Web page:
If you want to keep the memory but don’t need a whole set of dishes clogging your space, you might want to check out the Brooklyn Teacup. They transform a piece or two of china into a variety of useful items, such as serving trays, magnets, candles, planters, and more.

As they say, “China should be adored, not stored!”

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Thanks for stopping by this latest sampler. Did any of these resonate with you?

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20 thoughts on “Seana’s Sampler, Volume 6”

  1. Cassidy and I were talking the other day about how decluttering helps our mental states. I was talking about how sometimes when I’m anxious, I like to deep clean. He wondered if that means if he sees me deep cleaning, that it means I’m anxious. And I didn’t really know how to explain that it doesn’t. It’s ONE of the reasons I might deep clean or declutter.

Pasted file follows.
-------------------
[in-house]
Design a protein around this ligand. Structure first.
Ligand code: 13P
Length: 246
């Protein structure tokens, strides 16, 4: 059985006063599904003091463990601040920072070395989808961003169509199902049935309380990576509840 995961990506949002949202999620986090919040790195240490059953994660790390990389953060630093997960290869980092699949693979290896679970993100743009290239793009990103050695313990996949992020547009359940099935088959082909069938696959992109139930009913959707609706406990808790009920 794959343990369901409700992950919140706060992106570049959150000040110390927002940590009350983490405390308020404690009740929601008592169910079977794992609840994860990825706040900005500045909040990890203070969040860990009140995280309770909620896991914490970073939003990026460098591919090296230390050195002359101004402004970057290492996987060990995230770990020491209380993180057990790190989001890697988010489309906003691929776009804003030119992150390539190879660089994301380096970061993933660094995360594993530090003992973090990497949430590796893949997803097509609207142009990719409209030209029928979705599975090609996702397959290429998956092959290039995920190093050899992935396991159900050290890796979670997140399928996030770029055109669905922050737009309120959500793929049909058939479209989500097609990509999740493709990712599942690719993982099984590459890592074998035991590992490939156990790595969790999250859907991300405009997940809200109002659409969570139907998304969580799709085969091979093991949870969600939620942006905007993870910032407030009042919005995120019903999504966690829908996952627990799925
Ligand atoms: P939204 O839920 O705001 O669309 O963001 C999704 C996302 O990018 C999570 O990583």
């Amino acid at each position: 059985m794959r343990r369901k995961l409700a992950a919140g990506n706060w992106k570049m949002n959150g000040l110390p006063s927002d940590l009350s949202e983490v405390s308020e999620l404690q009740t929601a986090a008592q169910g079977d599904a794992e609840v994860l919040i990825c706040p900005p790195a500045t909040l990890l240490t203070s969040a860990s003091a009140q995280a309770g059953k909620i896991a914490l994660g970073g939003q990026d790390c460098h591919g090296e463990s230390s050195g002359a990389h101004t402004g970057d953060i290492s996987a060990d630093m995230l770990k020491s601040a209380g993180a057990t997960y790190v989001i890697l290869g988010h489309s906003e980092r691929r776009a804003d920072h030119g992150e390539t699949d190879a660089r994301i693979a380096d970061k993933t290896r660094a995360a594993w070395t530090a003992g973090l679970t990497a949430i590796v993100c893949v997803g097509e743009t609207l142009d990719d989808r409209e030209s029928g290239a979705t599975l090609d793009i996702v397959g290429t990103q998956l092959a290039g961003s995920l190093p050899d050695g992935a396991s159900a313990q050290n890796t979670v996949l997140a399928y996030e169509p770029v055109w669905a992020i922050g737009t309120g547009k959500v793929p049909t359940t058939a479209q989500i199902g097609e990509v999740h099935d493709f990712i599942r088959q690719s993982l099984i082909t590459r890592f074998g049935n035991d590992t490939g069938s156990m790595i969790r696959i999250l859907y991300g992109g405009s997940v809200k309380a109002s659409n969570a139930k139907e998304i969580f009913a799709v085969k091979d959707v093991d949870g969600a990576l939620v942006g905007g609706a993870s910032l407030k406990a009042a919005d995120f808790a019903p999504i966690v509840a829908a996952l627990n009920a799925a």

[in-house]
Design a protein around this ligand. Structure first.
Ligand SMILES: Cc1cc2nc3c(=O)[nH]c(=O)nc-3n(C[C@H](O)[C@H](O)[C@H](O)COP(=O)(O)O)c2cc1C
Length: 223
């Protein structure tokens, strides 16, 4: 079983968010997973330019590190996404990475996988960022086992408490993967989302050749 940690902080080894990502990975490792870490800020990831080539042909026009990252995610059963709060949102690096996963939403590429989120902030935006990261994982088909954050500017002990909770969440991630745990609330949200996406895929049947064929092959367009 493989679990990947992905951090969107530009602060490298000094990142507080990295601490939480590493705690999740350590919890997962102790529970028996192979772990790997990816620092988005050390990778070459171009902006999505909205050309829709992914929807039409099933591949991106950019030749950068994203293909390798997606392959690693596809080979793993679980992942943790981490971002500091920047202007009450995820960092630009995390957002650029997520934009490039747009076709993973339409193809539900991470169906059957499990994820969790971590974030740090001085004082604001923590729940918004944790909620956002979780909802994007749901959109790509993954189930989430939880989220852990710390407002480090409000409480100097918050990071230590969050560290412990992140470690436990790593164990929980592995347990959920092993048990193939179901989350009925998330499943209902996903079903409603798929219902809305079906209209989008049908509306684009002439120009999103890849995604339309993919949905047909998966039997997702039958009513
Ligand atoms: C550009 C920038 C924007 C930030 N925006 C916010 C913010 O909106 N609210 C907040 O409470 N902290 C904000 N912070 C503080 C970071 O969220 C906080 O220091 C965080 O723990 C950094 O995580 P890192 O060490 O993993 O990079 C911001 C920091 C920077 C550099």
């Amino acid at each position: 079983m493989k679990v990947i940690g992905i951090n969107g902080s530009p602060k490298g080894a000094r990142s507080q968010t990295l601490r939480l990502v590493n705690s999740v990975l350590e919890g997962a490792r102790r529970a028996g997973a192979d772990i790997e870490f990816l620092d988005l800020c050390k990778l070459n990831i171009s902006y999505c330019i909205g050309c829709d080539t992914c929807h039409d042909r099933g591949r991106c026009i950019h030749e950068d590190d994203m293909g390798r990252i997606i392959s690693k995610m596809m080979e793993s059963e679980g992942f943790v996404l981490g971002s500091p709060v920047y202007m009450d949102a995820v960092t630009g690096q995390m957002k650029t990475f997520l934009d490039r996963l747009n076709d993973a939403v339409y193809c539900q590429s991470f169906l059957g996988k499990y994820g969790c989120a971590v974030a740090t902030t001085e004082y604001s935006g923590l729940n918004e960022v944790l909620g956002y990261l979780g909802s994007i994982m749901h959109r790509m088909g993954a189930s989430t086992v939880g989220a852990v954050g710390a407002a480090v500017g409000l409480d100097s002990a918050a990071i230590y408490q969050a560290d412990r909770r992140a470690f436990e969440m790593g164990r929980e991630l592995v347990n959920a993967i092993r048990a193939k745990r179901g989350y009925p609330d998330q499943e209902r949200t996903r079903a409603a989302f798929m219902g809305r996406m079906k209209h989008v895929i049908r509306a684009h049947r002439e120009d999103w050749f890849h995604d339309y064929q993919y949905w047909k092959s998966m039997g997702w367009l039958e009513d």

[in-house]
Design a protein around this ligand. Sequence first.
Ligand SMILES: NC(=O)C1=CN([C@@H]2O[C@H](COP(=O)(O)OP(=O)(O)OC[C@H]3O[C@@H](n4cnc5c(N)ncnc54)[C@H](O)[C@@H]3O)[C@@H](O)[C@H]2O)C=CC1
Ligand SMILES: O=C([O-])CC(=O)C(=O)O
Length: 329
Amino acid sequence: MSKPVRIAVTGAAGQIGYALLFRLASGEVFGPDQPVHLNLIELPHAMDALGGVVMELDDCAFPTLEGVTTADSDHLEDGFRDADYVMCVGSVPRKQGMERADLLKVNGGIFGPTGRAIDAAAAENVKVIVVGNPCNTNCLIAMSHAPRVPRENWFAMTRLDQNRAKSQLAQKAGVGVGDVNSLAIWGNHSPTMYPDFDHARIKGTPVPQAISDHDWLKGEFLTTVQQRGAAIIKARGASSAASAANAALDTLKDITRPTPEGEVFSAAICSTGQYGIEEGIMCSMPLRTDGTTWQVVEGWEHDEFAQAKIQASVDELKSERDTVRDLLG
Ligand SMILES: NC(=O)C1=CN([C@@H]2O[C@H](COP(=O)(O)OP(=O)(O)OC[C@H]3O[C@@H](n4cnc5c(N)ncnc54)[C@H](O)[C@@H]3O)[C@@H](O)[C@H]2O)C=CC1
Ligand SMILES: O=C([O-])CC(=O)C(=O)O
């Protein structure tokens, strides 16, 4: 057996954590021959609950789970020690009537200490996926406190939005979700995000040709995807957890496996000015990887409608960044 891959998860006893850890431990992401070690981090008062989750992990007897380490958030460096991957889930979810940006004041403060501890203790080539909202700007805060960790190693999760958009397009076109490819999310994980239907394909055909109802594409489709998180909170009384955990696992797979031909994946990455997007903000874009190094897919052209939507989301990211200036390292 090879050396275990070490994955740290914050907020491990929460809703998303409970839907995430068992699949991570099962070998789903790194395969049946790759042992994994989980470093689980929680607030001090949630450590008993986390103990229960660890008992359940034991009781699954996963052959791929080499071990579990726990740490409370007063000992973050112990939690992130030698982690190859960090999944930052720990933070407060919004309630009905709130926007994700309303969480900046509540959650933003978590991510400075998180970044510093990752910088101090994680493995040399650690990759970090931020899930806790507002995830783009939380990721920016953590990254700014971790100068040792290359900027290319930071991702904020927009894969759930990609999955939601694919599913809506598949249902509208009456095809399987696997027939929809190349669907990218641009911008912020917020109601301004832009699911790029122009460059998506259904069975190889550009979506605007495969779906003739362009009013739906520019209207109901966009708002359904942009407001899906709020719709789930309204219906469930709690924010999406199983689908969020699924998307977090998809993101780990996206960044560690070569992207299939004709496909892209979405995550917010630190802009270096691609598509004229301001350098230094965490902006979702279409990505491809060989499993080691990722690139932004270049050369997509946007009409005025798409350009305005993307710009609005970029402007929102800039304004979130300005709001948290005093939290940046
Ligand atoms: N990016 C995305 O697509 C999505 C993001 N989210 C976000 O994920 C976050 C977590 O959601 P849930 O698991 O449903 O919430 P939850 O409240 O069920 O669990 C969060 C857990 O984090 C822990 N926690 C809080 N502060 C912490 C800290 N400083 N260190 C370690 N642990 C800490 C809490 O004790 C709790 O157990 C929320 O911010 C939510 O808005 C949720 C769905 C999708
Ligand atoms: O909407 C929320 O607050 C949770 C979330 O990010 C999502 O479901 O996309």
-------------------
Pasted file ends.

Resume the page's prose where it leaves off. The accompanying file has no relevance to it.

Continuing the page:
Tamara recently posted…Anything Can Happen on HalloweenMy Profile

    1. I think deep cleaning is a terrific way to deal with anxiety! There are so many other behaviors people move toward when anxiety strikes, many of which have negative consequences. Deep cleaning is probably triggering your parasympathetic nervous system, calming you down, and giving you a fresher space. A win/win!

  2. You always come up with terrific observations. I’m not great on social media and participate minimally. I love how you identify it as an option – you can opt not to constantly scroll through it.

    It sounds like the talk on the parasympathetic nervous system was a really good one. I am a believer in the idea that calm creates calm. When you want to focus on work having an orderly office let’s you focus on the work and not at everything else shouting for your attention.
    Diane N Quintana recently posted…How To Organize Your SocksMy Profile

    1. I so agree, Diane. I know I have experienced this effect personally, but it was really neat to hear that we have an element of our nervous system that is designed for this purpose, and that organizing helps get that system going. So terrific!

    1. It was such a great way to use a piece or two so you can keep the memory, but not the whole collection. They were vendors at the NERCPO expo and it was fun to see all they can do!